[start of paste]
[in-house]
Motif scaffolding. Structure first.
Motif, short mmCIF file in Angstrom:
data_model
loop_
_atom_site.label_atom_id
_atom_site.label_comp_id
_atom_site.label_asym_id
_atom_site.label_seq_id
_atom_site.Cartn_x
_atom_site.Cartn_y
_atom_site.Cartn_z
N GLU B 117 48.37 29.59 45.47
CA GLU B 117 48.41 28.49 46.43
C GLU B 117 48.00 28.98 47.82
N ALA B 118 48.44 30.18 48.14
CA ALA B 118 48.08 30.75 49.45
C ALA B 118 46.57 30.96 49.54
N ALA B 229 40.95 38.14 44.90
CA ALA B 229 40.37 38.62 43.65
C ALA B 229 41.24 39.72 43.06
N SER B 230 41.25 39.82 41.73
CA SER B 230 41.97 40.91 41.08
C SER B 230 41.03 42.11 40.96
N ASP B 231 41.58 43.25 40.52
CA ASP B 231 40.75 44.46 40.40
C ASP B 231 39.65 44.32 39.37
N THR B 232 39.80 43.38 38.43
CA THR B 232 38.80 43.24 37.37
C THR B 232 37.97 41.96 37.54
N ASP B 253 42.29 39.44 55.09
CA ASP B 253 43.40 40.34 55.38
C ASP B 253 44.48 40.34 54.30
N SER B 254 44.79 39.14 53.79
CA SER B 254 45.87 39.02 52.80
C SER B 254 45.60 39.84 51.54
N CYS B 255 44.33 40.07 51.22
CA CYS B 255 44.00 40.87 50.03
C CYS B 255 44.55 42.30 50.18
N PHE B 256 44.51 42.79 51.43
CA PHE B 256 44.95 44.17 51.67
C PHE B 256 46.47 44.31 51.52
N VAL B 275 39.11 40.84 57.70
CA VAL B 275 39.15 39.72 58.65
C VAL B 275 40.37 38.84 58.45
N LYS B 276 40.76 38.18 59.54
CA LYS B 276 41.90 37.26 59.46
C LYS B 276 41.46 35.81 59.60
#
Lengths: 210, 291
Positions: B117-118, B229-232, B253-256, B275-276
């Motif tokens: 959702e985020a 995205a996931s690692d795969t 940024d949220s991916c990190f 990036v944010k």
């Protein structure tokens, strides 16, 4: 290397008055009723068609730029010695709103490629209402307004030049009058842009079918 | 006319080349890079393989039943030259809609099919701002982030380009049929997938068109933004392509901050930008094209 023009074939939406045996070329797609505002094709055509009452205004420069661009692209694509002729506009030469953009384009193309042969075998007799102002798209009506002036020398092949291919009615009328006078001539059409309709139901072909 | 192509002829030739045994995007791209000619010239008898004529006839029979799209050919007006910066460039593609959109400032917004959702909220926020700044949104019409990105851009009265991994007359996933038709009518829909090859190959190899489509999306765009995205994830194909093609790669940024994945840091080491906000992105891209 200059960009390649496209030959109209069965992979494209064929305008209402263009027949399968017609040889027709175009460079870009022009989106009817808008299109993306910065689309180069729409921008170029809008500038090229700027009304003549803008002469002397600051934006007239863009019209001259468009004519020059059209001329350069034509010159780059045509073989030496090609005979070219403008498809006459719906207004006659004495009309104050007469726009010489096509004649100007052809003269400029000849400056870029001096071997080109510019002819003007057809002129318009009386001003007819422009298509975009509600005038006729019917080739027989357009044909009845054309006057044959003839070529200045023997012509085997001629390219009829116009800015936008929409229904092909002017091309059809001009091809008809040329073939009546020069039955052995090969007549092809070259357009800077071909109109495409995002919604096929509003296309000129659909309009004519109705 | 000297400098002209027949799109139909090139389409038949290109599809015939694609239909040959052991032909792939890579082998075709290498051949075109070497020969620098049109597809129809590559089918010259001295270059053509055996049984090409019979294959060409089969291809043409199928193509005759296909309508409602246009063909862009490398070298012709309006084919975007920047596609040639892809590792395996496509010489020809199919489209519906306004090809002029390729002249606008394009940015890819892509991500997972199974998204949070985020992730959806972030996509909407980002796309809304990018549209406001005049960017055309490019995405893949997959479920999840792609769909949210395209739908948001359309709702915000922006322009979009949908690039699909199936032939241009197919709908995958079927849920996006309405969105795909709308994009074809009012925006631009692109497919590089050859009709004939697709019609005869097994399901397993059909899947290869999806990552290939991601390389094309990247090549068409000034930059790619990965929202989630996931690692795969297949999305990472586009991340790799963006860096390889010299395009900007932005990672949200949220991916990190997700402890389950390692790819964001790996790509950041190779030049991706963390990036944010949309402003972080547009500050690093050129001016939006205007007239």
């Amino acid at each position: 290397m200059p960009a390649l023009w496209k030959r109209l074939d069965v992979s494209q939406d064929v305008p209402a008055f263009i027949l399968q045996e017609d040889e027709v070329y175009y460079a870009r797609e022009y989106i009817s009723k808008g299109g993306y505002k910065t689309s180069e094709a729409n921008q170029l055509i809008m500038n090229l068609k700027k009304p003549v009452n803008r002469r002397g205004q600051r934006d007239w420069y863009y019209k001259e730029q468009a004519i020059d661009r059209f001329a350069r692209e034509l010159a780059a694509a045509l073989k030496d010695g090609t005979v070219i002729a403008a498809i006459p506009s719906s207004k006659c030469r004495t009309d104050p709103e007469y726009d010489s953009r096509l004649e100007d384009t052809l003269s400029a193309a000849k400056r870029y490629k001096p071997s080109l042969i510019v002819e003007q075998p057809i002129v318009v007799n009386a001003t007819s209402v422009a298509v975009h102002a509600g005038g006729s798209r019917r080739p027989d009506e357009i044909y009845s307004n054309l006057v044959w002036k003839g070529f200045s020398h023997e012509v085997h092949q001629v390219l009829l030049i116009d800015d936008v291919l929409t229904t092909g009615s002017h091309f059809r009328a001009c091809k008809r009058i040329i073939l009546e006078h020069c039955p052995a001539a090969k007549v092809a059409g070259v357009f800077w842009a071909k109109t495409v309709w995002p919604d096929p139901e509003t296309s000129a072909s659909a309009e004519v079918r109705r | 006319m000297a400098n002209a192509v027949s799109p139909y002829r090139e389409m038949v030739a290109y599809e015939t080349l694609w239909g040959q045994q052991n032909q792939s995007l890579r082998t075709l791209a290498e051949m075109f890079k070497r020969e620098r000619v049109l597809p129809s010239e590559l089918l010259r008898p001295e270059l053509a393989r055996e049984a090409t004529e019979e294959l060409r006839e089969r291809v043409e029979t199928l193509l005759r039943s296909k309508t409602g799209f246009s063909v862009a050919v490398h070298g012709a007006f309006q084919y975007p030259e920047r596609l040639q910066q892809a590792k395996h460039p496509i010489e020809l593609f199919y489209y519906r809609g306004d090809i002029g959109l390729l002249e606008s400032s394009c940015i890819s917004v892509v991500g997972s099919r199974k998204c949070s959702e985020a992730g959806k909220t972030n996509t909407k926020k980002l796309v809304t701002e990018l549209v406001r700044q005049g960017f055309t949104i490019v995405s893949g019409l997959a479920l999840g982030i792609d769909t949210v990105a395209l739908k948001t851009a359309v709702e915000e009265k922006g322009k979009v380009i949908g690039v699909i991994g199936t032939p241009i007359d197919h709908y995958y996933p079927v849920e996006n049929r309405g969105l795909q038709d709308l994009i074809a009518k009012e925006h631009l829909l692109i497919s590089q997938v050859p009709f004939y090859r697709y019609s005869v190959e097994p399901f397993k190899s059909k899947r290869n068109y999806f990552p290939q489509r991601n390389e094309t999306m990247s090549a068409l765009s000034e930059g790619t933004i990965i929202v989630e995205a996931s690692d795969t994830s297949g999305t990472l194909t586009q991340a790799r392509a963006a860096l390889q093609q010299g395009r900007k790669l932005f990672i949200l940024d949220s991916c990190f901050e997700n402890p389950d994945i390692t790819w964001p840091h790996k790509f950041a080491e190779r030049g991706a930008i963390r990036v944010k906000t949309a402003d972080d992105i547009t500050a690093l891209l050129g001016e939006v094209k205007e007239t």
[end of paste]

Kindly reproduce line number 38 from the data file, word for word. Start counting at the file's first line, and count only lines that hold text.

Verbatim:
CA CYS B 255 44.00 40.87 50.03